Today's national sports organizations ("NSOs") operate in a world with significant legal, regulatory, financial and human resource challenges. The NSOs manage significant budgets and are increasingly the target of investigations and litigation which may not be covered - or are only partially covered - by their insurance policies. It is important in today's environment for NSOs and other sports organizations to carefully consider the skills and education of board members to increase board competencies.
Traditionally in Canada and elsewhere, many if not most sports organizations were governed by representative boards. The board members were selected through elections or nominations at the provincial/territorial or regional level and were often based on individuals' experiences in sport rather than other knowledge or skills.
There has been a move away from this model in more recent years, especially among the larger and more specific NSOs. There is good reason for this. Although these NSOs still hire external consultants, accountants, lawyers and HR professionals, they are better suited to handle the complex issues faced by sports organizations today. Boards with diverse knowledge and backgrounds are better able to proactively manage risks, improve internal practices and govern independently. They are also more likely to avoid conflicts of interest that can arise by board members also having various active and sometimes significant roles within the sport.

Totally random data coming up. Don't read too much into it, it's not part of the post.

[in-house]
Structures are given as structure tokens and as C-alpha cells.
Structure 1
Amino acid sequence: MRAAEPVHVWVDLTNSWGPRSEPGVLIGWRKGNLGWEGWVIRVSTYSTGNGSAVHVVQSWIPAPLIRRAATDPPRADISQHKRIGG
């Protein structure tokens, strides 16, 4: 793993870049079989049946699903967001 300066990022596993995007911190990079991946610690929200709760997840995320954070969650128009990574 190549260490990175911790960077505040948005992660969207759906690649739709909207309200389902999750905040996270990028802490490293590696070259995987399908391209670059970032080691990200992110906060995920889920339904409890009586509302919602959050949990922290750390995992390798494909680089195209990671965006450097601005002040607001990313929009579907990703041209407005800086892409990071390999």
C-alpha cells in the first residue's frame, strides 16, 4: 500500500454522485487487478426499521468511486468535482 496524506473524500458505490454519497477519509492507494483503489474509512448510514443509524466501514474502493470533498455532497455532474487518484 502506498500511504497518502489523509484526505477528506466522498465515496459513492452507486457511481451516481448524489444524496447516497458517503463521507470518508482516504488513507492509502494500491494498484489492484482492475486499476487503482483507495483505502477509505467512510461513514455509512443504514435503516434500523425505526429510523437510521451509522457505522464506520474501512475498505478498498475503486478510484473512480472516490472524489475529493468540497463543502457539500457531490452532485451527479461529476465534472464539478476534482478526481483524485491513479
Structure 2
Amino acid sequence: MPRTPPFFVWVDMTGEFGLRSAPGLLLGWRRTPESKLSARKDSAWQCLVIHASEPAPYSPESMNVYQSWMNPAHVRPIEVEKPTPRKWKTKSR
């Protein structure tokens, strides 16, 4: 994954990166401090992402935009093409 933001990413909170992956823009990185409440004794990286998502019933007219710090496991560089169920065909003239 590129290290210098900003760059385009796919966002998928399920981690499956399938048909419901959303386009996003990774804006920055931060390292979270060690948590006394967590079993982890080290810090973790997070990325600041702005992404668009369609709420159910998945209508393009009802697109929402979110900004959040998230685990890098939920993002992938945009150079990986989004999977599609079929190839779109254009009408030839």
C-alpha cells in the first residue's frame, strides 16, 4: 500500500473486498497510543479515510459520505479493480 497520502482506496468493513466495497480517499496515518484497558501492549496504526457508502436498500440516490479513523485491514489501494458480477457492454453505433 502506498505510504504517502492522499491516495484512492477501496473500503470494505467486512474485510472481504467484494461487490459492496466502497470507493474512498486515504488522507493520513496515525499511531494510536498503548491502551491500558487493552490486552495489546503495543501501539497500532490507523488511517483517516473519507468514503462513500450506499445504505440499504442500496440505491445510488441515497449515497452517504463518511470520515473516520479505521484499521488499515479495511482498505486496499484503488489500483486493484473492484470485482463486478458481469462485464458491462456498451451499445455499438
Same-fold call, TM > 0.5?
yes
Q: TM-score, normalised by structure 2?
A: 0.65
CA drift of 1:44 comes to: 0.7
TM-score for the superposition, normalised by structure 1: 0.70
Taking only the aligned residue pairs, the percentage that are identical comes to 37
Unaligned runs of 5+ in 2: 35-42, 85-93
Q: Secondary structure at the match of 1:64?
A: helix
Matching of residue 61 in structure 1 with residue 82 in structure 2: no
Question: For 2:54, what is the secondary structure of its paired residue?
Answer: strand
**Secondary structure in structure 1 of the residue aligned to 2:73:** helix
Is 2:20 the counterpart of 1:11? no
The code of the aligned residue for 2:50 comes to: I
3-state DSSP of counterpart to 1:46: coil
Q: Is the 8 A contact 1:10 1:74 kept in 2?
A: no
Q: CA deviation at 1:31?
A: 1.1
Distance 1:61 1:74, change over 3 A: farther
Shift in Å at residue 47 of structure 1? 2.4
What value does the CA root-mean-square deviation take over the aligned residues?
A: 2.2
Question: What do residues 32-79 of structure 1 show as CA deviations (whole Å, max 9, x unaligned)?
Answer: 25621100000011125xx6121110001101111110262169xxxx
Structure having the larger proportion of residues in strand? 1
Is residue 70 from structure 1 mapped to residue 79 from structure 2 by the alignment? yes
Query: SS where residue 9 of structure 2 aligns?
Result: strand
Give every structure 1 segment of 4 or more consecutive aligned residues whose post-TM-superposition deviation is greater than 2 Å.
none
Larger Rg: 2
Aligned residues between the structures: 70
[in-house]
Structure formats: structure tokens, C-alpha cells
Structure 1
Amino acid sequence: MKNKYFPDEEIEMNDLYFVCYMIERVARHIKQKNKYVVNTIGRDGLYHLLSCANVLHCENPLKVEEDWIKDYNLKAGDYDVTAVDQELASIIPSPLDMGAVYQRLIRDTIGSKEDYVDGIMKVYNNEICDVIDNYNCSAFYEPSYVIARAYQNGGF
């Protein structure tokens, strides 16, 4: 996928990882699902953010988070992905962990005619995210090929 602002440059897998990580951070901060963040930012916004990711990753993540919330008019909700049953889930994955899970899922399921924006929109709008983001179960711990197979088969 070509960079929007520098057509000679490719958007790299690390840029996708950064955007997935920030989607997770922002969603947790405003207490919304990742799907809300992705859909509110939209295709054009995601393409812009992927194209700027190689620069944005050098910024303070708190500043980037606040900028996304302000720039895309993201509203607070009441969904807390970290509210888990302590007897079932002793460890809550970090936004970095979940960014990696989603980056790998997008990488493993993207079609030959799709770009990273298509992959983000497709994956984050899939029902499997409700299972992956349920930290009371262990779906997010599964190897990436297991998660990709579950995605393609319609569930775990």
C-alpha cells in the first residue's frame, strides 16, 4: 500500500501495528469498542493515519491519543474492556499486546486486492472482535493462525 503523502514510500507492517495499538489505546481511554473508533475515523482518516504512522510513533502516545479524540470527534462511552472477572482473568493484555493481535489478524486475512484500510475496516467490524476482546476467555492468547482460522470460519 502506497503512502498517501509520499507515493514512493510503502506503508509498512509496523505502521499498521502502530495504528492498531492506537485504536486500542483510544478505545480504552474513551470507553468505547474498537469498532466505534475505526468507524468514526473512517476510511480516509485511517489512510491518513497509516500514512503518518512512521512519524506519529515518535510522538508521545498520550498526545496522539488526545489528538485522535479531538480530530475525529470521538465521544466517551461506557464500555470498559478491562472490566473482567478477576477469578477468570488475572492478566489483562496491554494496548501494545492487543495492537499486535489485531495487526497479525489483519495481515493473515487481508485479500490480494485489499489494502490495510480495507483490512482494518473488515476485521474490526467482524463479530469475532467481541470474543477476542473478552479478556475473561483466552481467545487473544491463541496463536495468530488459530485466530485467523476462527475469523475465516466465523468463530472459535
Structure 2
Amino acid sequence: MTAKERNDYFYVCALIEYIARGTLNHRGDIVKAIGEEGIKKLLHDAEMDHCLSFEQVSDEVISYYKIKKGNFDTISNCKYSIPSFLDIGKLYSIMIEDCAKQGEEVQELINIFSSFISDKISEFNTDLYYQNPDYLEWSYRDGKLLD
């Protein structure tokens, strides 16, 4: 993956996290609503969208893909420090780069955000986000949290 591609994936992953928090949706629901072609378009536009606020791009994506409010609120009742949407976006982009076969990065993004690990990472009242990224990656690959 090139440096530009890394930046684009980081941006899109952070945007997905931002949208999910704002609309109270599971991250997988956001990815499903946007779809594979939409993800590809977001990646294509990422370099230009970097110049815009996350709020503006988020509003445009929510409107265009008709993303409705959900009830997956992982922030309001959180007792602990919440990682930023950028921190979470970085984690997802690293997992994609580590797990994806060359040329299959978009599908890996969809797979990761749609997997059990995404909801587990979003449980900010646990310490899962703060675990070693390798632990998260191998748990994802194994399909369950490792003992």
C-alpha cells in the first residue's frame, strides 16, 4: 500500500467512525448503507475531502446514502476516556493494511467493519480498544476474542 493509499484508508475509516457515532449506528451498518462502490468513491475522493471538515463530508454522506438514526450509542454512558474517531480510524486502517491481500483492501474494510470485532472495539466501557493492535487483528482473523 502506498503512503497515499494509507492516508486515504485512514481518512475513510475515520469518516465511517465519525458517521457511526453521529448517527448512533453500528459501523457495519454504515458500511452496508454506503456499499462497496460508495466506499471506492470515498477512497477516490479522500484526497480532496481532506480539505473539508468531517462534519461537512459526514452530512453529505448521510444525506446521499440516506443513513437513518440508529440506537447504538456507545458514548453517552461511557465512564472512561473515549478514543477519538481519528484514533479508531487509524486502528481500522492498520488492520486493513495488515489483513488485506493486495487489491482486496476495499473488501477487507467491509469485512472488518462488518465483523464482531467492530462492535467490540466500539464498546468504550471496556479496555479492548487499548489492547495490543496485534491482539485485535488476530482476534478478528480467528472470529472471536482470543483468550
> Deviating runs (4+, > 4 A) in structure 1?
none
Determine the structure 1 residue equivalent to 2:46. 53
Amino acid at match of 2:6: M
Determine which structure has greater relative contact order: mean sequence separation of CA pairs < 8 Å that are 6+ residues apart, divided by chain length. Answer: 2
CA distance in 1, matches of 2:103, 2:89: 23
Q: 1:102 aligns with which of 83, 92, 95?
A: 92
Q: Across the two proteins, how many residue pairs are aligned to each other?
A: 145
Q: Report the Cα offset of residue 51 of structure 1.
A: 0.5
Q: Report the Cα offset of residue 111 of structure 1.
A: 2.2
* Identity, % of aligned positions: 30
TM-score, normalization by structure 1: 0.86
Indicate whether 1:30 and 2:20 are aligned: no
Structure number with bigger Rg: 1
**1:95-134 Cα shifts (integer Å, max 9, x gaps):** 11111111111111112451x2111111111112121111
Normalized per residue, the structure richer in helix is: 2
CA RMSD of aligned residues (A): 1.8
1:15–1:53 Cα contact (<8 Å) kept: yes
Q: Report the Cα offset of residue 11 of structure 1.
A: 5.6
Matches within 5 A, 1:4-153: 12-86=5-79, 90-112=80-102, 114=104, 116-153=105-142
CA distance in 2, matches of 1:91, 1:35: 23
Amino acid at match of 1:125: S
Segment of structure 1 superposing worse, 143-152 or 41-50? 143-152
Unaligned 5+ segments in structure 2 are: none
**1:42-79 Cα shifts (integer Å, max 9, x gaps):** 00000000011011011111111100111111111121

Some common features of these boards include:
a general call for nominations that outlines the specific skills required of the board;
a nominating committee that reviews the applications or organizes them for a vote at an AGM; and
rotating term limits to ensure board turnover as well as continuation of institutional knowledge.
A concern of some NSOs is that a move towards a specialized board would mean a loss of experience and knowledge that comes from individuals who are involved in the sport "on the ground." This concern is often exaggerated as often the individuals who are interested in serving on these boards are individuals who have previous experience with the sport, or sport generally, who are looking for ways to give back.
Another common concern is that a more specialized board would result in a lack of regional representation and influence. This concern can be overcome by requiring a certain number of board members to originate from each region and to recruit and advertise accordingly.
I hope to see continued development of specialized boards in the Canadian sports system moving forward.